making of: GDQuest 3D platformer demo


This is a Making Of article of a Demo I made in Godot @GDQuest. Most of the learnings are generic and can be applied anywhere.

Platformer Demo

Our objective @GDQuest was to create a 3D Platformer demo in Godot, with the following requisites:

I was the developer, and Tibo was the artist behind this Demo.

Setting tasks

Following the last TPS demo, the idea was to leverage nostalgia to create interest and making users more eager to explore the demo to their benefit.

The feature-set I decided upon to create a good Demo was:

Those tasks completely changed during the development process, but this will be better described below.

Development and Decisions

Camera action

The camera movement was inspired by Mario Odyseey. My objective was to create a non-intrusive way to guide the player's camera, without affecting gameplay or where the player wants to look at. In Mario Odyssey, certain regions of the map slightly guide the player's camera to where the Game Designers want the player to pay attention to. This is a very light camera movement, and it stops if the player starts moving the camera on their own.

To replicate this behavior, I created "Camera Regions", 3D areas in the demo level that the camera would try following a predetermined path when the player is inside.

Camera region

The camera movement itself is created using two Paths:

So if player is at the start of the Player Path (or the closest position in the Path from where the player is), the Camera will try moving to the position at the start of the Camera Path. When the player starts moving and their Player Path position starts changing, the camera position at the Camera Path will also change accordingly, and the Camera will try its best lerping to the new position.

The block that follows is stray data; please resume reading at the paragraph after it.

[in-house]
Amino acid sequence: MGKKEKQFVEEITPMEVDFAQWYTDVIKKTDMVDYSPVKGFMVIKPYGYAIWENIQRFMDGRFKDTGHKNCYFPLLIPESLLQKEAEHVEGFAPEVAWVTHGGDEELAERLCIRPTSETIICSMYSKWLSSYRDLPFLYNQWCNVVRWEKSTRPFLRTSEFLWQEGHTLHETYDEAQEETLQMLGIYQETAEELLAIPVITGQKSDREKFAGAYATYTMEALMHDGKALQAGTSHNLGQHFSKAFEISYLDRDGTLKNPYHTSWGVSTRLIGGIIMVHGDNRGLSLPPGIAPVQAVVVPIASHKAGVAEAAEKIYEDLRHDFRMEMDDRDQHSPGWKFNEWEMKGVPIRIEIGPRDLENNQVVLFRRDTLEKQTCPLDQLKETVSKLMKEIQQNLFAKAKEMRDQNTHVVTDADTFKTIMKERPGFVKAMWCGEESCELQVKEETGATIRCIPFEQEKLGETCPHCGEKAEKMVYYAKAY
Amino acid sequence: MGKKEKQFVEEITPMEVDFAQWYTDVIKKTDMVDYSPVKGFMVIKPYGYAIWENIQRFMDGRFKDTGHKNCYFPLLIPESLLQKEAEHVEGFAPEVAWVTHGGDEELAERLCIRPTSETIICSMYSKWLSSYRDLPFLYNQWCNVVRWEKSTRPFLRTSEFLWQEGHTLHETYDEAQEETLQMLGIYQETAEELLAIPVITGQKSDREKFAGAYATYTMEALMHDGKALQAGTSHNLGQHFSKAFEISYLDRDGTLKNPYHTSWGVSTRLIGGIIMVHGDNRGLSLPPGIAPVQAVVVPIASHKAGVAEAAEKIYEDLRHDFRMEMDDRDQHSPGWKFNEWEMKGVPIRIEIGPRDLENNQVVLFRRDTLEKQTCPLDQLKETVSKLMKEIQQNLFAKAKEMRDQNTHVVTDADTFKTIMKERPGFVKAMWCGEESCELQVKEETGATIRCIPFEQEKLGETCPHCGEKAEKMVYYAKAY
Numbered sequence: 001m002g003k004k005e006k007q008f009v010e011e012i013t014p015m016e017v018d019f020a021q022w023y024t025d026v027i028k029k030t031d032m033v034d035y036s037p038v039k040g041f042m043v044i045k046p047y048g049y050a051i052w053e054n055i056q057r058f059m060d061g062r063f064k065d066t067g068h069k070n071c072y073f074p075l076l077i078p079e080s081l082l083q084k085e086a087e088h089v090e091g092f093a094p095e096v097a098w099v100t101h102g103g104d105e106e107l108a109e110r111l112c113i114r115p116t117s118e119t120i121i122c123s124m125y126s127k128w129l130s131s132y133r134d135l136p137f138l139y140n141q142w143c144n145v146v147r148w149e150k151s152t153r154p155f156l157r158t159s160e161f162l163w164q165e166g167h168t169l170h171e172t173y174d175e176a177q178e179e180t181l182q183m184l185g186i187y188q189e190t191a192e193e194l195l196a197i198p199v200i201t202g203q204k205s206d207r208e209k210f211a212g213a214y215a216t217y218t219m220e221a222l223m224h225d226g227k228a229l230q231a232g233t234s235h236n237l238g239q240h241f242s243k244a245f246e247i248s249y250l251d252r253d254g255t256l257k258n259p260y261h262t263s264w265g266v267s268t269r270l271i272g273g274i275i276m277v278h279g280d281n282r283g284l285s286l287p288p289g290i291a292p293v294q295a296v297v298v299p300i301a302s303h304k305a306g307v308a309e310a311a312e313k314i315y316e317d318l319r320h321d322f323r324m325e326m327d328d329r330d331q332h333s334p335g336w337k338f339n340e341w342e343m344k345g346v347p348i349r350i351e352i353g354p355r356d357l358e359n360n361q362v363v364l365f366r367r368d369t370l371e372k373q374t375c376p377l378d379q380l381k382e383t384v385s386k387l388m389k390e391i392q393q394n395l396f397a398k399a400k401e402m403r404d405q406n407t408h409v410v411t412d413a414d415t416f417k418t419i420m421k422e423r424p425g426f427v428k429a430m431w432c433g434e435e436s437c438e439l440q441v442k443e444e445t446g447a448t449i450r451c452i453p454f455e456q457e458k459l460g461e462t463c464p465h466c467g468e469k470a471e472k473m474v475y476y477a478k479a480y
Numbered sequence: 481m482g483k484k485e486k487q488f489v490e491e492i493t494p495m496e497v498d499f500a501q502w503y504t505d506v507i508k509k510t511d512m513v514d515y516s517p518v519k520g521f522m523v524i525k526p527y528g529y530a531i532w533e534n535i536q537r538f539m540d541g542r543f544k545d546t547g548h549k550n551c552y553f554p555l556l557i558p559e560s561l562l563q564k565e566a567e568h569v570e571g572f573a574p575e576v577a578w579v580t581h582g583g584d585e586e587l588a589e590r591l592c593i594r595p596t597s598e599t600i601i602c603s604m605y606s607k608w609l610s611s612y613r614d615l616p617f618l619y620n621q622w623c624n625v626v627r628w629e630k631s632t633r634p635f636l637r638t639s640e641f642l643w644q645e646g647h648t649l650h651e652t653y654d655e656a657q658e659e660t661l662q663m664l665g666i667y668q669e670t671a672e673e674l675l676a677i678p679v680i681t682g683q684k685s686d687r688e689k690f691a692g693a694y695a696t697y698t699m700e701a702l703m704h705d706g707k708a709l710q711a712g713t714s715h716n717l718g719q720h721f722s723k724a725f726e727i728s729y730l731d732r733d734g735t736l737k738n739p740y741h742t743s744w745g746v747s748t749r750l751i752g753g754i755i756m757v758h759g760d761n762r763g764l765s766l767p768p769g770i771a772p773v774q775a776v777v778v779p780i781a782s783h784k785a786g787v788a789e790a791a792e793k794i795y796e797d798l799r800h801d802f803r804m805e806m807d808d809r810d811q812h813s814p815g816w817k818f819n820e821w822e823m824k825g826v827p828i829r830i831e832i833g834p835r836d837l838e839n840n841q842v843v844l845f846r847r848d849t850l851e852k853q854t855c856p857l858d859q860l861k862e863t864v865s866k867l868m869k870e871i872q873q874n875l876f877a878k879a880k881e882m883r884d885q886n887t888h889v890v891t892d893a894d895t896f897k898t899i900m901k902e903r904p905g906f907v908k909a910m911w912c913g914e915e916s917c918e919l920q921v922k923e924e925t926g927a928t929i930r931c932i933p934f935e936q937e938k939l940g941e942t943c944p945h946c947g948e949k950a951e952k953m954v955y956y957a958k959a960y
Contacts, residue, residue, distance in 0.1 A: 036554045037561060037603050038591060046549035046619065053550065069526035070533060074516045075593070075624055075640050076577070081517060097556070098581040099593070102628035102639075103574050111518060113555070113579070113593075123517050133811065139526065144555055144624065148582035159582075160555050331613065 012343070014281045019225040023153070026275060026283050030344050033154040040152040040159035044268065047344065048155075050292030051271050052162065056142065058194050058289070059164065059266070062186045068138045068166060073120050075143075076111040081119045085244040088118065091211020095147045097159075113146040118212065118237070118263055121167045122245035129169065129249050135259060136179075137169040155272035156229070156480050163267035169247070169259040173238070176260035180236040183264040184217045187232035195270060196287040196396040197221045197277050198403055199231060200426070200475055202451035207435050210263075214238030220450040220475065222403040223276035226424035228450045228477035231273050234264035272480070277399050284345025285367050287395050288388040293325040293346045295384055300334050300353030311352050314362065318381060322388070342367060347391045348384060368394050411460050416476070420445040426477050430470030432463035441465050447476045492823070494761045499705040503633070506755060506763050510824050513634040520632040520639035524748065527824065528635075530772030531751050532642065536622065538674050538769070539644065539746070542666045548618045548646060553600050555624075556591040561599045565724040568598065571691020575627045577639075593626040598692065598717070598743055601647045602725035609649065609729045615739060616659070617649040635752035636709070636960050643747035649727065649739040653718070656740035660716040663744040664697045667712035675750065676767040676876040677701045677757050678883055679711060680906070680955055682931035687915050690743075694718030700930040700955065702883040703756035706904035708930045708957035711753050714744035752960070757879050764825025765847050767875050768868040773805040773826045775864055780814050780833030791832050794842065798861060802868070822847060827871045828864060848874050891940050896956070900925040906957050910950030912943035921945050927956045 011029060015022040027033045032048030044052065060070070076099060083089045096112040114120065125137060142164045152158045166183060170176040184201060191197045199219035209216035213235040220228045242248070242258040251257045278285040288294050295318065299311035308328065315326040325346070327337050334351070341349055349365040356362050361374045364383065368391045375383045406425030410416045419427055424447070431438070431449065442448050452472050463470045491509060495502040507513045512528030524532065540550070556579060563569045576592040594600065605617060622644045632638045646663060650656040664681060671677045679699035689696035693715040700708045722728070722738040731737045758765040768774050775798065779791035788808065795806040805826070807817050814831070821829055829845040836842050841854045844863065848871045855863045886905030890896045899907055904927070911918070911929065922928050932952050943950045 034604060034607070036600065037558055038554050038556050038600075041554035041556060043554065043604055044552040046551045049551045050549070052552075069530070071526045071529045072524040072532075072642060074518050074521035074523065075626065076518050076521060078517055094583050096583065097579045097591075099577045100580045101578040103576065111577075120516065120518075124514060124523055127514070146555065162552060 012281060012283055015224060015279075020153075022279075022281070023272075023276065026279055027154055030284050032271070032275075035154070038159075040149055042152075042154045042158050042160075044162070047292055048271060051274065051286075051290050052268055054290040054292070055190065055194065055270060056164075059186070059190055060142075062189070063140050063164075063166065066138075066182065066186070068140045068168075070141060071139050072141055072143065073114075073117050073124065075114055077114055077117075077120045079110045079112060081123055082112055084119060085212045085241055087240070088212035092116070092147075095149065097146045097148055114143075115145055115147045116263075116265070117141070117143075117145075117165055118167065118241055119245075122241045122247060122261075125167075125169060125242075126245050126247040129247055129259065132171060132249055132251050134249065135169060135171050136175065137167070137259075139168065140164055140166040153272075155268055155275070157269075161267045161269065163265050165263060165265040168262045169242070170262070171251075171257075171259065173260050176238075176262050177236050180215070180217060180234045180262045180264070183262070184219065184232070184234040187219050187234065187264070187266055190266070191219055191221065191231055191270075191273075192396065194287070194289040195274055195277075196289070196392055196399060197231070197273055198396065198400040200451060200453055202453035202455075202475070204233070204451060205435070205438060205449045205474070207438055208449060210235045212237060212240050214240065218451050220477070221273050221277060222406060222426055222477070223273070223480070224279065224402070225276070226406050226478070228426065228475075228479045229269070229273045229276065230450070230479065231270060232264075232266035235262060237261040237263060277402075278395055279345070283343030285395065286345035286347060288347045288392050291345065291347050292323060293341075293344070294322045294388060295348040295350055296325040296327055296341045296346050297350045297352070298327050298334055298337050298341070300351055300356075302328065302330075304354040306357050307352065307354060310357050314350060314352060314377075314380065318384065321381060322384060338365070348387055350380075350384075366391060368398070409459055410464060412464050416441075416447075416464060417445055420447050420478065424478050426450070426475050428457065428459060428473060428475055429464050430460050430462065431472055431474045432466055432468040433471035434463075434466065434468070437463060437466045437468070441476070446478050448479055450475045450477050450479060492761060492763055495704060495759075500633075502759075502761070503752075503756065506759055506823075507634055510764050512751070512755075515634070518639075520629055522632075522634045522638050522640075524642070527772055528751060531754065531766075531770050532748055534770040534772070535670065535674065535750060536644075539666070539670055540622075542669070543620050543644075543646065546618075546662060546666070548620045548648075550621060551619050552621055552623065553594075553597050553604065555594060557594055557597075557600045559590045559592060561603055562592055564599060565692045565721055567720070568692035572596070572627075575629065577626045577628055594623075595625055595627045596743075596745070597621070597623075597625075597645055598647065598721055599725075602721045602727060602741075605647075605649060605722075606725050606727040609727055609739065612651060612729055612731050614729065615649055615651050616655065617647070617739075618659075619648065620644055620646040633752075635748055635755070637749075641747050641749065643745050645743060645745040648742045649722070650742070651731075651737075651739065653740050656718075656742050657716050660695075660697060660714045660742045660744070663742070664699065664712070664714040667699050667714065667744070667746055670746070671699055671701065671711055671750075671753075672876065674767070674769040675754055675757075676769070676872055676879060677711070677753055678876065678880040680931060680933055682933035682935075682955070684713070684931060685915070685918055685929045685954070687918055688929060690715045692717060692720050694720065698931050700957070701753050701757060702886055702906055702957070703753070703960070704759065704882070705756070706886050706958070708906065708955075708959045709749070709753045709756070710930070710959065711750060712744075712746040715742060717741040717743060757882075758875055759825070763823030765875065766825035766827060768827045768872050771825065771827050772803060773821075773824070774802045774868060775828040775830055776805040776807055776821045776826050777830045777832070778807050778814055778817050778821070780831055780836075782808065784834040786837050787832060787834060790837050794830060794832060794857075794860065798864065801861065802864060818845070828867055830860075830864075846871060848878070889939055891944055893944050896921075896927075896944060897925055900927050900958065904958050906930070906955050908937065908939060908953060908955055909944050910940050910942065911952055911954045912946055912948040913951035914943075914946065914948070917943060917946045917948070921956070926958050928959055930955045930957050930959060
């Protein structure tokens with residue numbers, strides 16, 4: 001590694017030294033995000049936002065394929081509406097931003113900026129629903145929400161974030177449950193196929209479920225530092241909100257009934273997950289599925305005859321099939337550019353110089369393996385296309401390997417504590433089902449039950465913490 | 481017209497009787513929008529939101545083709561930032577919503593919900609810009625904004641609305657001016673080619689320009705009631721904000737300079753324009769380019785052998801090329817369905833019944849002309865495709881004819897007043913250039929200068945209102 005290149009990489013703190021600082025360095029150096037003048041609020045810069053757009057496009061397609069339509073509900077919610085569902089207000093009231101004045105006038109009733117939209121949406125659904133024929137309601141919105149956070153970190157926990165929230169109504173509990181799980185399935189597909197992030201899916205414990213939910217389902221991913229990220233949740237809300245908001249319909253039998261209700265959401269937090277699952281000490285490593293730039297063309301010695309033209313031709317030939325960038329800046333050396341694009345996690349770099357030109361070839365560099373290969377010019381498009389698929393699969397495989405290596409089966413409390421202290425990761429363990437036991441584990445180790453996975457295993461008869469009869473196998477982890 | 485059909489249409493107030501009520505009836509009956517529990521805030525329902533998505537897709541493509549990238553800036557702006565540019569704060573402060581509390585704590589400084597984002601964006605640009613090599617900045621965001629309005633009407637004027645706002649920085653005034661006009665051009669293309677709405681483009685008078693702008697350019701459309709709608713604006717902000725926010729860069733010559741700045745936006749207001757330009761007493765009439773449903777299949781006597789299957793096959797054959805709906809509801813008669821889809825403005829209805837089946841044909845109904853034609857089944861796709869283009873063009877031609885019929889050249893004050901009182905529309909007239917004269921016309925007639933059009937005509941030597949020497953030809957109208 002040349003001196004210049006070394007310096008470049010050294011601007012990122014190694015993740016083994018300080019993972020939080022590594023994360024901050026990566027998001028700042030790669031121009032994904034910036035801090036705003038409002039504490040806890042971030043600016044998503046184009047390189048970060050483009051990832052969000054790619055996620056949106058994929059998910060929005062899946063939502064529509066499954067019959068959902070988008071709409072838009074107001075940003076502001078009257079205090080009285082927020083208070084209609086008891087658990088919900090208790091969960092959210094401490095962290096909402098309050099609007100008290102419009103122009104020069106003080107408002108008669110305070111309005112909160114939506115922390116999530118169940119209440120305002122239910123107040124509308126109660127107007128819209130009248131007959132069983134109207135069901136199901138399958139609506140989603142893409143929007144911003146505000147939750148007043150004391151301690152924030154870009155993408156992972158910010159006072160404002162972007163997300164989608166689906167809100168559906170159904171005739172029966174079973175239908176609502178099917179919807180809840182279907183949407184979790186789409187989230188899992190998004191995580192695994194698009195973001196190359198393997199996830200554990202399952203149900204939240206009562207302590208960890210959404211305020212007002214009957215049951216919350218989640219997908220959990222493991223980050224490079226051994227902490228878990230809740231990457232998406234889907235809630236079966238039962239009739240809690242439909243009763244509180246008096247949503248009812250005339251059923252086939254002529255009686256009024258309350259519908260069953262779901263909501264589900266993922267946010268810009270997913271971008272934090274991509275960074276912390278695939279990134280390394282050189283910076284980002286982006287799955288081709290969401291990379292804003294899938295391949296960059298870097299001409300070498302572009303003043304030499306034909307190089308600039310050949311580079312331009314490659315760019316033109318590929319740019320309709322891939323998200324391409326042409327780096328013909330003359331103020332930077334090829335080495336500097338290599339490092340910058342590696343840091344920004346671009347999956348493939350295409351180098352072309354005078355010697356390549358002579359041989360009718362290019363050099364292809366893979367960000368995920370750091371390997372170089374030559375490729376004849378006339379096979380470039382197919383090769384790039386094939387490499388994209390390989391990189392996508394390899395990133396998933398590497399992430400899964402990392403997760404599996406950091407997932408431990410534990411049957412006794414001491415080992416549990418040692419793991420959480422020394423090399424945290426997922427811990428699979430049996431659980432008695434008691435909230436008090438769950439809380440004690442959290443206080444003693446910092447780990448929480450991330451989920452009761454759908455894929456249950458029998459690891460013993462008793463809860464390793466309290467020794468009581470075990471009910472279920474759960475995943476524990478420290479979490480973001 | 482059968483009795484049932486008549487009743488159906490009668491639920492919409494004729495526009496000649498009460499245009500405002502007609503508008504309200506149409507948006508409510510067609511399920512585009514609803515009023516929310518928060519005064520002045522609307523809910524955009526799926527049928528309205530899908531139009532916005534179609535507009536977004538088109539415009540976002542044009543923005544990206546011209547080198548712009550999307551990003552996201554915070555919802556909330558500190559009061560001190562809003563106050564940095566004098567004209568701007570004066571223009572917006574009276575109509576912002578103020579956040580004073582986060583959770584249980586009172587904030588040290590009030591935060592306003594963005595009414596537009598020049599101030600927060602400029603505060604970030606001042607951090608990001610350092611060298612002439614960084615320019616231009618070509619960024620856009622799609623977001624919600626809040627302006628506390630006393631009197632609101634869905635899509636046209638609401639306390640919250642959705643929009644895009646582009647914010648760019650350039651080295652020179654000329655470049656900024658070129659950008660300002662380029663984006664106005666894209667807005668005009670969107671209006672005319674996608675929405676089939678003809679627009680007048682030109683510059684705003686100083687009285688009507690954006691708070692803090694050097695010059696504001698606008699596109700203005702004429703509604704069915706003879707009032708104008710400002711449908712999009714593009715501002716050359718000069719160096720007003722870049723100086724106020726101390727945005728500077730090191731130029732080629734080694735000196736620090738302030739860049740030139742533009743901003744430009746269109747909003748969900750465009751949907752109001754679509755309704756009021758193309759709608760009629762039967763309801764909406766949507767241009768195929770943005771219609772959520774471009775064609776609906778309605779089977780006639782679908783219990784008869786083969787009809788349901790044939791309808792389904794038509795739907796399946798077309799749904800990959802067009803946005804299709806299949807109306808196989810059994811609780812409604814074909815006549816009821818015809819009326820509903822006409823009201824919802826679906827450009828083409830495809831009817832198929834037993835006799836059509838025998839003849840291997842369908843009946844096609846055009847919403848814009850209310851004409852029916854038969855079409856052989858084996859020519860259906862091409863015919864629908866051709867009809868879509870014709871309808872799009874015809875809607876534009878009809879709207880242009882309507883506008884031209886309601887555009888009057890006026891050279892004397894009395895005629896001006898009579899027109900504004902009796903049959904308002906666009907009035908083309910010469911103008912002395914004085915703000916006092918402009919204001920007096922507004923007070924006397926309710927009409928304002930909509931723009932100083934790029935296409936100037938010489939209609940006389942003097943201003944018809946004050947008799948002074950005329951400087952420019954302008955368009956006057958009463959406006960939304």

One important thing was that even with a small velocity, guiding camera was really intrusive. So following more closely the Mario Odyssey behavior, when the player moves the camera, the "guiding" action resets and takes at least 10 seconds of player movement to go back to its previous behavior of following the Camera Path position.

Ideally, it would also take in consideration if the camera is more than X degrees from "ideal" position (don't animate camera when player has its own preferred perspective), but this ended up being a nice-to-have, yet to be implemented.

Arriving at the floor

When I started developing the Demo, jumping accross platforms was really difficult with a naive jump mechanic. After tweaking how the player was able to manipulate the character in-air (to better control air speed before falling), arriving at a platform got less difficult; but staying in a problem was really hard (even on bigger platforms).

The problem was the fact that the player, when arriving in a platform after a jump that needed precision, usually was tweaking the character in the air, so the analog position is in another direction. When touching the floor, the character would make a sudden move to another direction, making the player lose control of the chracter and falling from the platform if they arrived close to the edge.